After being so impressed with two previous releases from this source (conductor, orchestra, record label), namely those of the music of Shostakovich and Stravinsky, I found their Debussy surprisingly disappointing. In La Mer and Iberia, competition is fierce. And despite sumptuous SACD sound from the magnificent team at Pentatone, the result here is distinctly "blah". Gimeno goes for an overly sonorous, homogeneous sound above all else. String articulation and pizzicatos are so smooth and buried in the mix, much of it is inaudible. The overall sound palette fatally obscures details and seriously diminishes power, involvement and excitement. This is most detrimental in the final sections of both works, where the adrenaline simply fails to flow and climaxes simply refuse to expand. It's a real pity too, especially in La Mer, which begins most promisingly. I enjoyed the 1st two movements very much. They possess beautifully expressive playing, have good momentum and enough detail to be interesting. But then in the 3rd movement, concentration sags and the orchestra remains steadfastly earthbound and limp.
Even in Iberia, characterization of mood is minimized and the listener instead wallows in dark, rich sound. One is left completely unmoved. It's kind of like eating a meal comprised only of chocolate cake and fudge and no main course. After awhile, even chocolate isn't appealing. And while it's a shame there was room on the disc for only the central Iberia section from Images for Orchestra, rather than the entire piece, it's probably just as well with such low voltage. The present program lasts 78 minutes.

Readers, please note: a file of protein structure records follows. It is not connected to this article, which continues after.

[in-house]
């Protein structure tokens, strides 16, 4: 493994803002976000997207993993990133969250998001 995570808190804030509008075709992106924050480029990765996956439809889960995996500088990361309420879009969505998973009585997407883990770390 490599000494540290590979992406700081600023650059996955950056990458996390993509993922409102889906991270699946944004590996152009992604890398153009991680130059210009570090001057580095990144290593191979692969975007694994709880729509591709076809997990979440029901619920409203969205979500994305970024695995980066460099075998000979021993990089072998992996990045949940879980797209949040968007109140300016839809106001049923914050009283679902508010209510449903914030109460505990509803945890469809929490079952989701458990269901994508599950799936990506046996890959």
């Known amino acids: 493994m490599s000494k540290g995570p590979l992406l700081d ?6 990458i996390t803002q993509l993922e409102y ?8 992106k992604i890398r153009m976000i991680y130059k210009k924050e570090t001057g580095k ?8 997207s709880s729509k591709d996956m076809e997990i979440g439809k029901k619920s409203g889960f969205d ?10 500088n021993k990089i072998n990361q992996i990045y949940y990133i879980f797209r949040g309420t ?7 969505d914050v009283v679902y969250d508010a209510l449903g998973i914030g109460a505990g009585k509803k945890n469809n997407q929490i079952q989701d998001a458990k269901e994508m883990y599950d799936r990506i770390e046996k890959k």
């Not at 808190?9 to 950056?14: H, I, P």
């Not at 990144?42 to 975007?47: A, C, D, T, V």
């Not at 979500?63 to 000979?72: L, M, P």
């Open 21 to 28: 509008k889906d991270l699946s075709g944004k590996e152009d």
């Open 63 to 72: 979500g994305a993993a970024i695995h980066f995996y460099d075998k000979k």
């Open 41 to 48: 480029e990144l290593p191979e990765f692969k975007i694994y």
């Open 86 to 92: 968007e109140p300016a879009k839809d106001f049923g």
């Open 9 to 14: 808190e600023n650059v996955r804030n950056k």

Not that any of us needed yet another Iberia anyway. Thus, the real attraction here are the new orchestrations of Images for Piano (Book One only) and Six Epigraphes antiques. The former was done at the commission of this orchestra by the enormously talented Colin Matthews. The latter by Rudolf Escher (not to be confused with a previous orchestration by Ernst Ansermet). Both are fascinatingly impressive in how very much they sound like Debussy's own orchestral writing. They certainly in way improve upon the piano originals, but they are interesting and completely satisfying. Gimeno's misty textures and slow-moving tempos suit these dreamy works much better than in the more famous orchestral works contained on this program.
In sum, sumptuous sound is the predominate characteristic here. Involvement, excitement and power are in very short supply. (If only Gimeno had brought forth some of the energy from his fabulous Stravinsky and Shostakovich sessions.) But the rare and fascinating orchestrations included here are enticing. Unfortunately, they only account for about 30 minutes of this disc.
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